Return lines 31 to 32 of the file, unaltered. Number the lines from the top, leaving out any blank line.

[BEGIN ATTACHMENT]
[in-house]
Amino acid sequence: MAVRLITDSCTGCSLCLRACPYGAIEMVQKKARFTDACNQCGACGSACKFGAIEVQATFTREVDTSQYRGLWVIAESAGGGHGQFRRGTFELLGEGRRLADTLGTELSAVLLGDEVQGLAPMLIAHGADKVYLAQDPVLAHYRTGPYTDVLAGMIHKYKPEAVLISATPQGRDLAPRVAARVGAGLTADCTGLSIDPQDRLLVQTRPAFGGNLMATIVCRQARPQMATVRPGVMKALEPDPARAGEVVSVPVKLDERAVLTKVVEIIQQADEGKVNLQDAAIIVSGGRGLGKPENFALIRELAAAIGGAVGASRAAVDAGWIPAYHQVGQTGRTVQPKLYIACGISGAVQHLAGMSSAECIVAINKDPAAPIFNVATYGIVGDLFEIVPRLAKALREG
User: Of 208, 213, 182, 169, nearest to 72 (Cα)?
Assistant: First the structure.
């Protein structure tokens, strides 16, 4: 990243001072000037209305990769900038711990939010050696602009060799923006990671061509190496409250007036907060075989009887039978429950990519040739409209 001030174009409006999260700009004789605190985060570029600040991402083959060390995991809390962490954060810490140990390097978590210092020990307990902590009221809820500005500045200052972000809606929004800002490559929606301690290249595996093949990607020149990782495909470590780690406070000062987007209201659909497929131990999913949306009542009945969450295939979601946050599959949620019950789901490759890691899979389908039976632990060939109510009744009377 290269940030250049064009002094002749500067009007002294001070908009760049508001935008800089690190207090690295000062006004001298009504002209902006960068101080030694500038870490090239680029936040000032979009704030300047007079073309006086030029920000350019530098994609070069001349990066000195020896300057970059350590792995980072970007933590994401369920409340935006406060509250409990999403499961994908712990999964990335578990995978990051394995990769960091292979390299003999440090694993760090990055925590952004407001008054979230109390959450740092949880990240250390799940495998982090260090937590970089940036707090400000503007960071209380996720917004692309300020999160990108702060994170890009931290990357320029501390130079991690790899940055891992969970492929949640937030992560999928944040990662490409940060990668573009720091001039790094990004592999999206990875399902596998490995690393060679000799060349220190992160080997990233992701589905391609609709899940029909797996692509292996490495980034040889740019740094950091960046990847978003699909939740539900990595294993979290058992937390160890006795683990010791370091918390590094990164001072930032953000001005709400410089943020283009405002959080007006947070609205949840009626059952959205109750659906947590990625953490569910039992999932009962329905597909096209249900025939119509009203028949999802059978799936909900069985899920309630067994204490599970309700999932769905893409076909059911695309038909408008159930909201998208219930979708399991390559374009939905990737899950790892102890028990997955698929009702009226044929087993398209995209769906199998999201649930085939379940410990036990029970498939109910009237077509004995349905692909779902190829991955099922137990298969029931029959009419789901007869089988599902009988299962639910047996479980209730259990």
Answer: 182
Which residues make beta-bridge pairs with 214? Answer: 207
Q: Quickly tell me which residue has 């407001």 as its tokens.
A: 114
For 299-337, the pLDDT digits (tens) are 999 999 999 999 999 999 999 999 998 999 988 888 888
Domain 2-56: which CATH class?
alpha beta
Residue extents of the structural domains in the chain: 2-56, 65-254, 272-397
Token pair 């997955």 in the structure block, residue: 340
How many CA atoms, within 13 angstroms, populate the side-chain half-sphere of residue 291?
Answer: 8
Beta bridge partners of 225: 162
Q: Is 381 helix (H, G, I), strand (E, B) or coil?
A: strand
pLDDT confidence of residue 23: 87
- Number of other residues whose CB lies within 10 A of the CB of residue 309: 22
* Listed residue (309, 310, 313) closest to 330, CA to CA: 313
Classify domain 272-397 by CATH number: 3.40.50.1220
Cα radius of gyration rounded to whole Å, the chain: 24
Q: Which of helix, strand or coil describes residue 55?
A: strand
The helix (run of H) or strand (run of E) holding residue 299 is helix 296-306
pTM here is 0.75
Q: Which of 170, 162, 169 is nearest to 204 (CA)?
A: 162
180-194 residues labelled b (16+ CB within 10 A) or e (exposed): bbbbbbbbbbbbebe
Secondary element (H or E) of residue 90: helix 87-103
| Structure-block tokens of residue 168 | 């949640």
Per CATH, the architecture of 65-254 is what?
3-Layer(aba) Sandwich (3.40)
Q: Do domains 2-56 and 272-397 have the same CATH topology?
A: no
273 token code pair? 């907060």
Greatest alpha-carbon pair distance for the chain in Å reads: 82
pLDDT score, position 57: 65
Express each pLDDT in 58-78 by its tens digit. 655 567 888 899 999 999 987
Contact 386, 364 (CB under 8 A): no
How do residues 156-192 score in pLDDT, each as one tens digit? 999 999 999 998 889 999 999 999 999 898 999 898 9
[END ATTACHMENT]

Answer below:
180-194 residues labelled b (16+ CB within 10 A) or e (exposed): bbbbbbbbbbbbebe
Secondary element (H or E) of residue 90: helix 87-103